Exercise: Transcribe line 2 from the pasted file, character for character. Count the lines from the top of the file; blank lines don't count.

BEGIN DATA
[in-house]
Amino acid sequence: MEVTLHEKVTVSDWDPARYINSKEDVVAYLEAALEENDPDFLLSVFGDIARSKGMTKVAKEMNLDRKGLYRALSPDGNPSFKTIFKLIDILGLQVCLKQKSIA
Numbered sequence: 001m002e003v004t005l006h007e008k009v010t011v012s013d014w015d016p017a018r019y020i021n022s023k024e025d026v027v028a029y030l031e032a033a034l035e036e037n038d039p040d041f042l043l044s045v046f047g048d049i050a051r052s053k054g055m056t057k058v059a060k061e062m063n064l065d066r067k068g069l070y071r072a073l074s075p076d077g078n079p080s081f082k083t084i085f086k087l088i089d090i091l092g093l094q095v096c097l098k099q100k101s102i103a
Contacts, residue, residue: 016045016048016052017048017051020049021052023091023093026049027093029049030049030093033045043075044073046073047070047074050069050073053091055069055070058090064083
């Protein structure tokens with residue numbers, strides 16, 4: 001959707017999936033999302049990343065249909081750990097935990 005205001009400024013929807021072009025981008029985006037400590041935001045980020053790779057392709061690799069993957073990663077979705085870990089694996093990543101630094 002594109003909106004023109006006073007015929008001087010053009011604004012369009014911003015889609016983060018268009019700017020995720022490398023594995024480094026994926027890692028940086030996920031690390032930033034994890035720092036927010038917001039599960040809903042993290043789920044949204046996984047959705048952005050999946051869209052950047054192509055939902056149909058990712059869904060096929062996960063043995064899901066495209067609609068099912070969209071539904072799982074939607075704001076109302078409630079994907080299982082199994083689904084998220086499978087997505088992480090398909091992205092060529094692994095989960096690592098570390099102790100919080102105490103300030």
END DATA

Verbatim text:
Amino acid sequence: MEVTLHEKVTVSDWDPARYINSKEDVVAYLEAALEENDPDFLLSVFGDIARSKGMTKVAKEMNLDRKGLYRALSPDGNPSFKTIFKLIDILGLQVCLKQKSIA